Radical Authenticity: The Path to Your Soul’s Purpose

There is a system.

And the rule of the system seems to be: If you want my resources, you gotta fit in. In the business world, whether in reference to raising seed money or spearheading a launch, this often translates to “You wanna lead, lady? Better man up.”

A lot of companies are trying to buck the system by intentionally funneling women into leadership positions, but those programs don’t always succeed. Women drop out (“in droves,” say most headlines on the subject). Is it because we’re soft, lazy, unskilled, or “not leadership material?” No! We’re simply tired of putting on the masculine masks (maskulines?) that companies hand out like parking passes as we climb the ladder.


Trying to be something you’re not is taxing, and it’s not how ground-breaking work gets done. A Harvard Business Review study found that “Overinvestment in one’s image diminishes the emotional and motivational resources available for larger purposes. People who focus on how others perceive them are less clear about their goals, less open to learning from failure, and less capable of self-regulation.”

Sounds grim, but what happens if we turn the tables on perception? The same article suggests that we should “anchor women’s development efforts in a sense of leadership purpose rather than in how women are perceived.” Men are encouraged to devote energy to how they’ll lead and not squander it on how they’ll be perceived if they lead. We can do the same if we have the courage and support of our sisters.

Did the Harvard Business Review really say sisterhood helps?

Pretty much: “Companies should encourage [women] to build communities in which similarly positioned women can discuss their feedback, compare notes, and emotionally support one another’s learning. Identifying common experiences increases women’s willingness to talk openly, take risks, and be vulnerable without fearing that others will misunderstand or judge them.”

Yes. Yes. Yes. That’s our whole jam at Emerging Women! We want to help you hone in on your leadership purpose by creating a safe space for radical authenticity. We invite strong women like Janet Mock and Glennon Doyle Melton and Elizabeth Gilbert into the community to model radical authenticity in its many textures and hues. They tell it like it is, give voice to the doubts and own the vulnerabilities that will soon alchemize into strengths. They are unapologetic, tender, forgiving and inclusive.

We hear that kind of delivery – it strikes a deep chord with the cosmic feminine. And it legitimizes those of us who are working with parallel experiences, but haven’t yet voiced them (in private let alone in public).

So let’s make a pledge.

Let’s drop the weight of these masks so we can focus on our soul’s purpose.

Let’s actively participate in a community of radical authenticity. Share your strange, wild truth and celebrate it in others. We will fuel ourselves and each other, and we will spark a movement of leaders who are not simply passing as successful, or happy, or perfect, but who are real and ready to heal this world and make it a more compassionate, innovative, abundant and sustainable place.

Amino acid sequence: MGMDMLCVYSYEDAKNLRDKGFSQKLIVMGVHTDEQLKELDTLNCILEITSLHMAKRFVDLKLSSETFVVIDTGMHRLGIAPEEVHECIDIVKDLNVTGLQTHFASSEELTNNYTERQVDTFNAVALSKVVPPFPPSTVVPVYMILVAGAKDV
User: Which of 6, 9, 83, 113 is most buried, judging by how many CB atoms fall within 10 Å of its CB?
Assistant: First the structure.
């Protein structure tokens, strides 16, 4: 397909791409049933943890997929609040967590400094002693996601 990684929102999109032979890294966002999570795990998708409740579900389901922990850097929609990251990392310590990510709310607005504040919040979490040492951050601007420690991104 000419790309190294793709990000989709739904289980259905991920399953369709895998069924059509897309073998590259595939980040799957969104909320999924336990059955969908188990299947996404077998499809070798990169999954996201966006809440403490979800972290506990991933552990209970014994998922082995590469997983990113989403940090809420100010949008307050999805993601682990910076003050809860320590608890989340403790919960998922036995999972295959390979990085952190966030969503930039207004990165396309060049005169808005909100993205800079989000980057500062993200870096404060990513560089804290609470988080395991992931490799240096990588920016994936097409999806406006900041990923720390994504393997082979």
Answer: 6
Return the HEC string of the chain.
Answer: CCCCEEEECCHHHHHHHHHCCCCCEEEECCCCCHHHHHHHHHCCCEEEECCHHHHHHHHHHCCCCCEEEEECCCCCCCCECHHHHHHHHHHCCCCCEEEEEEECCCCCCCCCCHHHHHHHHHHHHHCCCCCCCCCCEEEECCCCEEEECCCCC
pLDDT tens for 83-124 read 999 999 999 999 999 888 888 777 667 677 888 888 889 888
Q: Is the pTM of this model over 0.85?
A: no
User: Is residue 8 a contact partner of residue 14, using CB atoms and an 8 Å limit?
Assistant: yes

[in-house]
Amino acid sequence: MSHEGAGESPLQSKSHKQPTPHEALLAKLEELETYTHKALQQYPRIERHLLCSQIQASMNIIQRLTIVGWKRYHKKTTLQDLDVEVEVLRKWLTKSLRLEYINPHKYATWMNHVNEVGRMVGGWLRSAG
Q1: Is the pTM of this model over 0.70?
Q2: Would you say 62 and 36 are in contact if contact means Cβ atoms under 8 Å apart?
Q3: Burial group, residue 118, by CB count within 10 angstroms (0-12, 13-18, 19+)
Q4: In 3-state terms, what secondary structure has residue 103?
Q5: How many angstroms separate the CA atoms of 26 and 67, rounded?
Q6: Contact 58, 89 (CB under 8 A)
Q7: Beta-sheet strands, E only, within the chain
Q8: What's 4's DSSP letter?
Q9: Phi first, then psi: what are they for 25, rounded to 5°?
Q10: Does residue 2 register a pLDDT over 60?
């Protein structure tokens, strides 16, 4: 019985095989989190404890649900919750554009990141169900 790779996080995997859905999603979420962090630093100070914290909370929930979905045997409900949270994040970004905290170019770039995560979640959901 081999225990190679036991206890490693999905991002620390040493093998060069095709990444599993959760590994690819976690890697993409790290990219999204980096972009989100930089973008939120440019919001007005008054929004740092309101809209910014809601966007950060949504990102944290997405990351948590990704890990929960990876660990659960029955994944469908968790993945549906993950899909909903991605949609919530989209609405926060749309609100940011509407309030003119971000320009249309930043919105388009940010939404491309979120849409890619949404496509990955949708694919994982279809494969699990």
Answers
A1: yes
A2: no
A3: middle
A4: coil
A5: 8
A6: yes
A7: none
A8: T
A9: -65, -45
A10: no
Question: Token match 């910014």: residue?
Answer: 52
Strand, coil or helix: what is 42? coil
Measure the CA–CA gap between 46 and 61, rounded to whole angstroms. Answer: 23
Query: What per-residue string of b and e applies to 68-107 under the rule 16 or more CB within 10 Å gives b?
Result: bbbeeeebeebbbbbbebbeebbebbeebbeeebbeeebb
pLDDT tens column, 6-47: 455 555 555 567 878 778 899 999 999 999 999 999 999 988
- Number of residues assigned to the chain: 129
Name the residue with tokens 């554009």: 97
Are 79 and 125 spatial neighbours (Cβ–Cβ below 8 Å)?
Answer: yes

Janet Mock: How Speaking Your Truth Increases Your Power

We are all emerging. We are working to manifest an outer life that aligns and resonates with our deepest and most true inner selves. Some emergences may be more physically obvious than others, but the priciples behind them remain the same. It takes trust, courage, and community to emerge.

Janet Mock is a model of all three traits. Her transition was superpowered by her belief that she knew herself, and no one could tell her otherwise. She trusted that inner voice, had the courage to speak it aloud, and shared her story in her book Redefining Realness, a trans girl’s coming of age memoir, to serve as a blueprint for others. That’s radical authenticity, and it has the power to make meaningful impact in the world.

At the end of her engaging Emerging Women podcast, we asked Janet what she would say to women who are no longer willing to compromise their inner truths for outside audiences.

This is how Janet answered:

“All of us, everyday, are fighting so hard to take off the masks that we were trained to put on in order to survive.

A lot of the work is undoing all the things that we learned about what we were supposed to do in order to be deemed as valuable or to be deemed as heard. We have to do that work of taking off those masks and revealing ourselves.

It takes a lot of power to be that vulnerable publicly, to exert your truth publicly, to no longer listen to all the commentary and what everyone outside of you are saying but then to just listen to what you know is true for yourself. What’s going to bring you happiness, what’s going to bring you joy, what’s going to make you content in the world?

For me, it’s been a life’s journey to come to that space to say, ‘Just because you may perceive me in a certain way, I have a lot of experiences that you may not see on the surface, but they are a part of me and I will own them.’ I will no longer think that having labels of trans or black or woman as things that I should push aside in order to be seen as more powerful. You know what? I’m going to actually speak them out, because me speaking them out and saying them and reclaiming them actually gains me more power. There’s such power in the truth, and we can emerge from such darkness when we tap into ourselves and tap into our truths.

May it be so, dear Emerging Women! Share your true voice with us in the comments section.

Have you heard Janet’s Emerging Women podcast? Tune in here: